Part of Indiana Pride of Color’s strategic plan for the next two years is to host its first event, the Midwest All-Star Sneaker Ball Expo, a Pride festival in August, and a roundtable series and conference with the Alzheimer’s Association of Greater Indianapolis.

INPOC also plans to continue advocacy work through building intentional relationships with the community and providing programming and services throughout the state. 

Since coming on board, Drake said INPOC has already partnered with Indy Pride, Indiana Youth Group, Center for Black Equity, the Health Foundation of Greater Indianapolis, IceMiller Legal Counsel, LatinX Pride, AAPI Pride and the Alzheimer’s Association of Greater Indianapolis.

“Our vision is that Indiana becomes a place where fairness and respect are deeply ingrained values, not only for people of color, but also for the LGBTQ+ community,” Drake said. “We envision a future where every individual regardless of their race, sexual orientation or gender feels a sense of belonging and acceptance within the Hoosier State.”

Previs Mosley, vice president of Indiana Pride of Color, split his life between Northwest Indiana and Indianapolis, having graduated from North Central before studying at Purdue University. Community is a big thing for Mosley, having grown up witnessing his own community — predominantly people of color — lack essential resources and access to testing and information.

“I figured I would do my part by kind of trying to bridge the gap between what other groups receive and what we need,” Mosley said. “We’ve been fortunate, I’ve been fortunate to be able to be in rooms and [be] exposed to environments, to be able to ask for those resources.”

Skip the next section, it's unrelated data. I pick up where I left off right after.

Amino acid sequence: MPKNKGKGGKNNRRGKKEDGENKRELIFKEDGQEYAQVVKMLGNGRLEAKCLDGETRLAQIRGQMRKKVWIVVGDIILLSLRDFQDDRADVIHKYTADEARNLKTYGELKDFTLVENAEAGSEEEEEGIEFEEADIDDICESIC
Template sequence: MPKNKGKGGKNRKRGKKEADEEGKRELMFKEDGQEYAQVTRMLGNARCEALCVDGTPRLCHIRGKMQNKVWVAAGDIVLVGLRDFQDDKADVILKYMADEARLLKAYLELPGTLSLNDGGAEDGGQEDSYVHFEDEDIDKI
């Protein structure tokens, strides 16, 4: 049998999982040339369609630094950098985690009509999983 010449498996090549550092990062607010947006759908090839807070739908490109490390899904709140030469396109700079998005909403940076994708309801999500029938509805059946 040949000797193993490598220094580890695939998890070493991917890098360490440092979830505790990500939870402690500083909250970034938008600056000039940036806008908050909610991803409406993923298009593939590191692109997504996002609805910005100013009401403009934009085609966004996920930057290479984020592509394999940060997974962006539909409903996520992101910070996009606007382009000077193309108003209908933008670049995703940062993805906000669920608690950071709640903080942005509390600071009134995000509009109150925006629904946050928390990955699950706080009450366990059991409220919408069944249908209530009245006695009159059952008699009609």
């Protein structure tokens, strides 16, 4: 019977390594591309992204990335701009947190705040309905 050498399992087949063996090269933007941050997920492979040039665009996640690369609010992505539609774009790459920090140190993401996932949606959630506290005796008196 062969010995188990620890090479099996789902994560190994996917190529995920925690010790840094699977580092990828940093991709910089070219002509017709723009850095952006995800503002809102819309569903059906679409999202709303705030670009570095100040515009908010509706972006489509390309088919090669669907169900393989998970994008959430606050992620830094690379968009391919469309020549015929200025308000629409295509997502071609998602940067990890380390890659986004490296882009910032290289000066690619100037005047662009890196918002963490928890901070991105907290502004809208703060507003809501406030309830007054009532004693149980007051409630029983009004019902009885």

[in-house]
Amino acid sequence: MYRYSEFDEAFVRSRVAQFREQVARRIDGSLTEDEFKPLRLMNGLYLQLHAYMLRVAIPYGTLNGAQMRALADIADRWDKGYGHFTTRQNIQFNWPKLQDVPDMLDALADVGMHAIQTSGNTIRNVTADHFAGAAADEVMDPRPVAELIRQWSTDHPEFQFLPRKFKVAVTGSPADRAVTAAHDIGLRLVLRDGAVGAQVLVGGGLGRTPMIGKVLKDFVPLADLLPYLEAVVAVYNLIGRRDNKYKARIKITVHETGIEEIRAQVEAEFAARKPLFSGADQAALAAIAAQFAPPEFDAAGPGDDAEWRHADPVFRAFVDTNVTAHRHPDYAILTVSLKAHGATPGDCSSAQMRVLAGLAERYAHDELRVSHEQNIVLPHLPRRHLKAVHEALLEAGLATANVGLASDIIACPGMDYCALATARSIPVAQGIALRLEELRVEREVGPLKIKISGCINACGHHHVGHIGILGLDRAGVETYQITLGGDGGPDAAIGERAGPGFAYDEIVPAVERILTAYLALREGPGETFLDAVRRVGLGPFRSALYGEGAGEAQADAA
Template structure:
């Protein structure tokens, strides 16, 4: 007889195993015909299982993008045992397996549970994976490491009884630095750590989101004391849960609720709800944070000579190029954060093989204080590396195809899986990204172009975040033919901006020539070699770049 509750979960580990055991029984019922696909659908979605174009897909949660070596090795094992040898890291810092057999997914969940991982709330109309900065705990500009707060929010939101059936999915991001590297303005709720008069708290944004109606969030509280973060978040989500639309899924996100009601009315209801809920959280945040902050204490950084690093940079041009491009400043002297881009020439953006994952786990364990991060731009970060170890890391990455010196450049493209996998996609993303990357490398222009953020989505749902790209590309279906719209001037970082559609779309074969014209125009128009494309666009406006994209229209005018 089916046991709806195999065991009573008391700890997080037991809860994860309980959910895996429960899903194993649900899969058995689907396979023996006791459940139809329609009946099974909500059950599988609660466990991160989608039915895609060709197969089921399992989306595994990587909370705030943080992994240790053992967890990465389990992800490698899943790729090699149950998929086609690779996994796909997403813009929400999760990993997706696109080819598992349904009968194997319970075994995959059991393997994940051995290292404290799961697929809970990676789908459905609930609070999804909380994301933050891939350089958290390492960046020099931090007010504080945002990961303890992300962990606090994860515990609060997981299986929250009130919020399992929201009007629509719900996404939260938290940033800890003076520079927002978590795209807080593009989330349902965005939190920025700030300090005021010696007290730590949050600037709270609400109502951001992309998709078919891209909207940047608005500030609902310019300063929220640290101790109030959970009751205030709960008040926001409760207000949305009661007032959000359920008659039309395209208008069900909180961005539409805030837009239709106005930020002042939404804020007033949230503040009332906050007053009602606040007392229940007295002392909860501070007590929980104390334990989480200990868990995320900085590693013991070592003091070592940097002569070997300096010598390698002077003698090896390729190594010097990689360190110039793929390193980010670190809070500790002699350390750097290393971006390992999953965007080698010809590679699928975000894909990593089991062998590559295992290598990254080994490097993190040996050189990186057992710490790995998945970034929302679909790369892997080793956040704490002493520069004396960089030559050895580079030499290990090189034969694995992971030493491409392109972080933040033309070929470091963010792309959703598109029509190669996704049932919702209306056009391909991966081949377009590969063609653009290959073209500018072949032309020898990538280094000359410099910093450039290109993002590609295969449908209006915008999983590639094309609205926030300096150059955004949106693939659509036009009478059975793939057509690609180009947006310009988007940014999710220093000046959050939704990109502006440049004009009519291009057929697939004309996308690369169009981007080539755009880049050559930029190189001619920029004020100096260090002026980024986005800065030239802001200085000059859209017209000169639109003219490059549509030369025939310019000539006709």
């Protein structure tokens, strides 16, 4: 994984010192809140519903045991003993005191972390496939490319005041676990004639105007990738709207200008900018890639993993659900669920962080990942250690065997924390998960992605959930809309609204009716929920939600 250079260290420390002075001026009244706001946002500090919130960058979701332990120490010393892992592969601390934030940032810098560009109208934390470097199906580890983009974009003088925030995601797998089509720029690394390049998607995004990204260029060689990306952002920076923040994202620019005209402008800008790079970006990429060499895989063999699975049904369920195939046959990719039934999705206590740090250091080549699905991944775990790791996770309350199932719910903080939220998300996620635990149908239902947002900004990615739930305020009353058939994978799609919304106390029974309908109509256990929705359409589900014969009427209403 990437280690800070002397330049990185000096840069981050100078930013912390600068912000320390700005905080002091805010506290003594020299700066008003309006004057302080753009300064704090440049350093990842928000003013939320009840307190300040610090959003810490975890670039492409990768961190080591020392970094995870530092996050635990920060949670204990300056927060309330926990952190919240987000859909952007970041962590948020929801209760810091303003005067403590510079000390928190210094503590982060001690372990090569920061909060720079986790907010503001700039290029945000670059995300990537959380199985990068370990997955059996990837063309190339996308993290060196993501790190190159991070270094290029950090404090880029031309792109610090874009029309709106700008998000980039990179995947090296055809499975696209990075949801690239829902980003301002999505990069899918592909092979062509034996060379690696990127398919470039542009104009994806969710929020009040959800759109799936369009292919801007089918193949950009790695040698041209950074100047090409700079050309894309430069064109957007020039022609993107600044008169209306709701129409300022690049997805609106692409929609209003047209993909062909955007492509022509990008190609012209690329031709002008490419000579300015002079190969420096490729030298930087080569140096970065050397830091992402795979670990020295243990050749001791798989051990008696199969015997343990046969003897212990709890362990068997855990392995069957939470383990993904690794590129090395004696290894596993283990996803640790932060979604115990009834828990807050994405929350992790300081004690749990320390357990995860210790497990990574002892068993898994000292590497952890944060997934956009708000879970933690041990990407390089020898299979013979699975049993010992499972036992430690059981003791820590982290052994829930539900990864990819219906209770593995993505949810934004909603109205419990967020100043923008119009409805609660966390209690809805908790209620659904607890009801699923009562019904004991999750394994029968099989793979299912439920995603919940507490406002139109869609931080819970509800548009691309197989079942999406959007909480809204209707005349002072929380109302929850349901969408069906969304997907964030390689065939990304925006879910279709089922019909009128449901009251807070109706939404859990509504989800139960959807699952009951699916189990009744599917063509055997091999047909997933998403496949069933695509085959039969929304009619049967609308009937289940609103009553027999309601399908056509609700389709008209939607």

“Integrity” is how Mosley defines Drake and said her leadership is diplomatic, reflecting her desire to center the community to make sure everyone wins. Beyond that, each of the new board members are equipped with different skill sets and diverse backgrounds, Mosley said, which allows everyone to bring something new and unique to the table.

Long term, their goals for the organization are the same: to make sure the community knows they are seen and heard. 

“We have multiple great organizations here in Indianapolis, wonderful queer organizations, but what separates Indiana Pride of Color from any other organization is we’re gearing toward people of color, and that is a demographic of people who typically get overlooked,” Mosley said.

Upcoming events

Indiana Pride of Color is hosting its first event of the year during Black History Month and the 2024 NBA All-Star Weekend. The Perfect Match: Midwest All-Star Sneaker Ball Expo takes place Feb. 16 from 7:30-11:30 p.m. at The Speakeasy, 5255 Winthrop Ave. 

READ MORE: NBA All-Star Weekend 2024: Things to do

The event is 18+ and features health care and mental health services, such as free HIV/STD testing, as well as opportunities to win more than $5,000 in cash prizes. INPOC will also be accepting sneaker and shoe donations for Wheeler Mission’s Women’s Shelter.
Tickets start at $20. For more information or to purchase tickets, visit inpoc.org/events.

This story has been updated.

Contact staff writer Chloe McGowan at 317-762-7848. Follow her on Twitter @chloe_mcgowanxx.